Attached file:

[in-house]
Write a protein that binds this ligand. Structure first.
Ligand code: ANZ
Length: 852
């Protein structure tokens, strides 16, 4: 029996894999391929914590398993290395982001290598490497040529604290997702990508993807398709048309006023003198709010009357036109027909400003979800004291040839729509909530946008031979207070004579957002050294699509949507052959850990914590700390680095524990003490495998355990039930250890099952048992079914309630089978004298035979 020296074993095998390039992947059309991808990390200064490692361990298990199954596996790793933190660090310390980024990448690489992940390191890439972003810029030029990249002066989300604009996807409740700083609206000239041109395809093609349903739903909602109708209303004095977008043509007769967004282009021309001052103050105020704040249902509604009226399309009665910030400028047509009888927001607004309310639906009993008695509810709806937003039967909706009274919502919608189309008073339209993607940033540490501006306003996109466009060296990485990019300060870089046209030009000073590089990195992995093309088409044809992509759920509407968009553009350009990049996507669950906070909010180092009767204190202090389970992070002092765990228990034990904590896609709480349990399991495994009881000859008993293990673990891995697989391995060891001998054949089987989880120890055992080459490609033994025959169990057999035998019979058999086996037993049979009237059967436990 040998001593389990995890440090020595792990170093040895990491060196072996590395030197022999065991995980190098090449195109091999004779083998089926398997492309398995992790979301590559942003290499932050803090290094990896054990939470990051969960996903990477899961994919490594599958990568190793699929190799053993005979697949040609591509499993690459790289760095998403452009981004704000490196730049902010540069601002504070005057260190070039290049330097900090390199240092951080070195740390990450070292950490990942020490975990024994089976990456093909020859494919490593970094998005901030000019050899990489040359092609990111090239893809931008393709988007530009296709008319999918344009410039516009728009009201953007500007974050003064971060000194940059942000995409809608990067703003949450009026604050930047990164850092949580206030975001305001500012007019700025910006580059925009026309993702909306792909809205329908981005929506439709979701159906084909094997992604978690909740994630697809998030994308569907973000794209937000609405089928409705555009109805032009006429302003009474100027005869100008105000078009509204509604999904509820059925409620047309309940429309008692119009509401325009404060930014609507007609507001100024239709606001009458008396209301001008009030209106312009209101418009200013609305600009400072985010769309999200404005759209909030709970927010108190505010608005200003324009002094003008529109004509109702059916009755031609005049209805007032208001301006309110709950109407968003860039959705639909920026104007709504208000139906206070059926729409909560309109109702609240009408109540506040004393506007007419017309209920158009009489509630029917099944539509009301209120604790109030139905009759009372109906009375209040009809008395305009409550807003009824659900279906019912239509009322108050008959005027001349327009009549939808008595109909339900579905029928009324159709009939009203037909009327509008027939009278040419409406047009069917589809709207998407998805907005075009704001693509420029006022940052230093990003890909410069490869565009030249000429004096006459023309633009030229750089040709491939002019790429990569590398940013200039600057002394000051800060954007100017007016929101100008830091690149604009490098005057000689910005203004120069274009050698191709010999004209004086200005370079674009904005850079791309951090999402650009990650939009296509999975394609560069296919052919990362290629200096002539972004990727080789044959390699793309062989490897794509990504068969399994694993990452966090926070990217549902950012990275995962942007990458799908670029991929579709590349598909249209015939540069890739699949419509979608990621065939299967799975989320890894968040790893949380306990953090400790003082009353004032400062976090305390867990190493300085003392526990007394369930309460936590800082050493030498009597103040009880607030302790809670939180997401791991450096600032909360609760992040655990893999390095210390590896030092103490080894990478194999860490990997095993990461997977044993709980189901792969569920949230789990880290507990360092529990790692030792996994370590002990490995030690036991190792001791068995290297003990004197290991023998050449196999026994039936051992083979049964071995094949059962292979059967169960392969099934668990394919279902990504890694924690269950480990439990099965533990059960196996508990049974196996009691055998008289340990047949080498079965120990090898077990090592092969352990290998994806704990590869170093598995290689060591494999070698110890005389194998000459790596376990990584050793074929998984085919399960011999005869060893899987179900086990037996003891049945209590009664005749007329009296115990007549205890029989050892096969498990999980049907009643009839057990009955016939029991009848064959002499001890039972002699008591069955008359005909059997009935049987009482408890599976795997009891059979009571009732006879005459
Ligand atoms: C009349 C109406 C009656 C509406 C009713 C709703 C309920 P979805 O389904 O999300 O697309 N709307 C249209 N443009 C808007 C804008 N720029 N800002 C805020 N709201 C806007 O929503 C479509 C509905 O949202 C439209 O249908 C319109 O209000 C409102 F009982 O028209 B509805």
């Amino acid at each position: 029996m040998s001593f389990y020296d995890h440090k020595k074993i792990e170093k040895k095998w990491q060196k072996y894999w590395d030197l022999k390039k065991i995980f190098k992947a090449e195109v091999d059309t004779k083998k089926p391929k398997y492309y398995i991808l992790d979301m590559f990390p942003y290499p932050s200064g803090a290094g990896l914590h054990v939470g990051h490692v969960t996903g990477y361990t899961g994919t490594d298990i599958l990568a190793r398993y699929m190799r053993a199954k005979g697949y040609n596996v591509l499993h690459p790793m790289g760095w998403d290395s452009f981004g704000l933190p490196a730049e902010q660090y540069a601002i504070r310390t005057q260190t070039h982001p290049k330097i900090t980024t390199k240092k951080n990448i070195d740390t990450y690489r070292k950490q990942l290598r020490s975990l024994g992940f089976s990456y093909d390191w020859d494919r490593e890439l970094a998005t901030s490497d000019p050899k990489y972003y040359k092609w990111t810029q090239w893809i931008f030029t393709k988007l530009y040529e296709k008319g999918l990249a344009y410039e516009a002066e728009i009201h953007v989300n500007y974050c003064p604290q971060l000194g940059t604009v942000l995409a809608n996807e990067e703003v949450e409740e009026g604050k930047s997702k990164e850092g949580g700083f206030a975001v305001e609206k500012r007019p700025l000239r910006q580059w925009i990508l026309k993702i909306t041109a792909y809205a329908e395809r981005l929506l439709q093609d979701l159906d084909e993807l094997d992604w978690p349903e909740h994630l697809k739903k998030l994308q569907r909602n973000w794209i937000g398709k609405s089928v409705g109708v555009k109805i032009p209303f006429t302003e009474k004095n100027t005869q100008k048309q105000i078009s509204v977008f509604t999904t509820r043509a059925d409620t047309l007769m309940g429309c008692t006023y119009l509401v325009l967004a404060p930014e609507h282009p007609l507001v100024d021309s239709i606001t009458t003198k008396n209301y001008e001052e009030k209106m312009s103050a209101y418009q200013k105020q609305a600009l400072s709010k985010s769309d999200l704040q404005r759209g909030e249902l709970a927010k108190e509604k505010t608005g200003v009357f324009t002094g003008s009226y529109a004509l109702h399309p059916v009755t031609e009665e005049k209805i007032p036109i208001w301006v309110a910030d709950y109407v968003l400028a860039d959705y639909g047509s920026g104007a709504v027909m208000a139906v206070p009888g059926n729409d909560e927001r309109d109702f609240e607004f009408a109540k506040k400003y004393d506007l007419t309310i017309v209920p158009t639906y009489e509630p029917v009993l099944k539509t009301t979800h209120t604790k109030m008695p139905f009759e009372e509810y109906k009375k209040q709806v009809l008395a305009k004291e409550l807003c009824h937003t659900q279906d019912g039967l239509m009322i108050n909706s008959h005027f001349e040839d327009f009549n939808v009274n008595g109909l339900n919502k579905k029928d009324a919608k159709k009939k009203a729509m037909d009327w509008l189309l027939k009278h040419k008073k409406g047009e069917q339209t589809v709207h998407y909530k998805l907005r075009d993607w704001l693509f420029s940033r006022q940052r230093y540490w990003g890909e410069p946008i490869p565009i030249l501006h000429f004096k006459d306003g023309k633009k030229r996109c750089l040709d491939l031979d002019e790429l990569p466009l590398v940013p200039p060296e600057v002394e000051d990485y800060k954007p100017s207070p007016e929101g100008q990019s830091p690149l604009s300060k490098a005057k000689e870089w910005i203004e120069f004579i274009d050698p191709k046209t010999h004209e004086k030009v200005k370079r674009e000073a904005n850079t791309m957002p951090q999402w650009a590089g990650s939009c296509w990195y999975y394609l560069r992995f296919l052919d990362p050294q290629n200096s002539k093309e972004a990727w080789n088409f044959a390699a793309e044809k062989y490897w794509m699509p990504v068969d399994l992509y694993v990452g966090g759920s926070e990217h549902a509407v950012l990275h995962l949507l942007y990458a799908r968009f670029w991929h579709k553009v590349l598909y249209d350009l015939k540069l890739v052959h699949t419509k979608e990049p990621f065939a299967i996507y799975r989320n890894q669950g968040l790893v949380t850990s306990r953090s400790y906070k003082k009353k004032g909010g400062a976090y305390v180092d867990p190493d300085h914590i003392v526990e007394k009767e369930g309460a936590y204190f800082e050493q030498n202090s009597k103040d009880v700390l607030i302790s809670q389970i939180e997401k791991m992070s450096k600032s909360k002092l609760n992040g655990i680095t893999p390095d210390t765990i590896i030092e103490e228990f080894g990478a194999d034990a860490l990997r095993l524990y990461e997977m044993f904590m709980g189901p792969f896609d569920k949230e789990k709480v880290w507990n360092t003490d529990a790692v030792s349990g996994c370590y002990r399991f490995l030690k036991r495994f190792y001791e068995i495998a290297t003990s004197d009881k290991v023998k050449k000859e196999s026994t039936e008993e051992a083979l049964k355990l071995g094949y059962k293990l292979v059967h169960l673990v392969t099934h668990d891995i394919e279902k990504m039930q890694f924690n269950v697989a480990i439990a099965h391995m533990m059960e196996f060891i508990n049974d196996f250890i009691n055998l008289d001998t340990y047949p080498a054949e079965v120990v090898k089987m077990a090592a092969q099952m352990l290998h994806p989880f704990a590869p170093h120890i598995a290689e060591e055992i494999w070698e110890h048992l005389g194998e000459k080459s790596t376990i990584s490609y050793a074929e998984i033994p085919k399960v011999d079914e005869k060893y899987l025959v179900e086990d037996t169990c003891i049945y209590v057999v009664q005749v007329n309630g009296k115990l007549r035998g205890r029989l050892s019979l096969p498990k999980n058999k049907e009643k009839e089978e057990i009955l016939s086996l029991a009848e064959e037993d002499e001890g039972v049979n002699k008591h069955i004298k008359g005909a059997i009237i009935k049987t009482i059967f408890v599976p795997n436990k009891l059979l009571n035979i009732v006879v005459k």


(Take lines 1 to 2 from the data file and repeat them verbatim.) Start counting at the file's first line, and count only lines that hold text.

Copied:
[in-house]
Write a protein that binds this ligand. Structure first.